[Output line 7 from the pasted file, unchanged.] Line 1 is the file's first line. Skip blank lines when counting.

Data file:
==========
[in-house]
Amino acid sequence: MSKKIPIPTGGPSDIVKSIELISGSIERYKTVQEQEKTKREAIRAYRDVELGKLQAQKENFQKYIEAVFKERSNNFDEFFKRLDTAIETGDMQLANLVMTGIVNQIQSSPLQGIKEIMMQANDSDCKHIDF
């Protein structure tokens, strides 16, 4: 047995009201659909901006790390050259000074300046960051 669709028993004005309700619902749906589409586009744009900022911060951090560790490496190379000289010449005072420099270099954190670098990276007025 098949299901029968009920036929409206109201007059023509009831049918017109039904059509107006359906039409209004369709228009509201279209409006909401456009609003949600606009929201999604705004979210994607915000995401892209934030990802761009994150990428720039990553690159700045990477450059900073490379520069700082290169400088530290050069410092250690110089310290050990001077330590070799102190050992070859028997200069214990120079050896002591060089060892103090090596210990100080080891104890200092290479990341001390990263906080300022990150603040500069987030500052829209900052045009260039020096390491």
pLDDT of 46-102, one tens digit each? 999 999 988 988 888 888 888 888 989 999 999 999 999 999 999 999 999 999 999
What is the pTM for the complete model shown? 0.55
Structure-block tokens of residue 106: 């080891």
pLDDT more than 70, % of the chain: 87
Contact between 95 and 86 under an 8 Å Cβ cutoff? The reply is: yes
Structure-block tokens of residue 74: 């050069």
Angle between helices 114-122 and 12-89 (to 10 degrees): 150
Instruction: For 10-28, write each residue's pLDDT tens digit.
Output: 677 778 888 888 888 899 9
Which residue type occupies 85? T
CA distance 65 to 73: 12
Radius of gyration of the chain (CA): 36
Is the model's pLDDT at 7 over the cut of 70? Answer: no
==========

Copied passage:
pLDDT more than 70, % of the chain: 87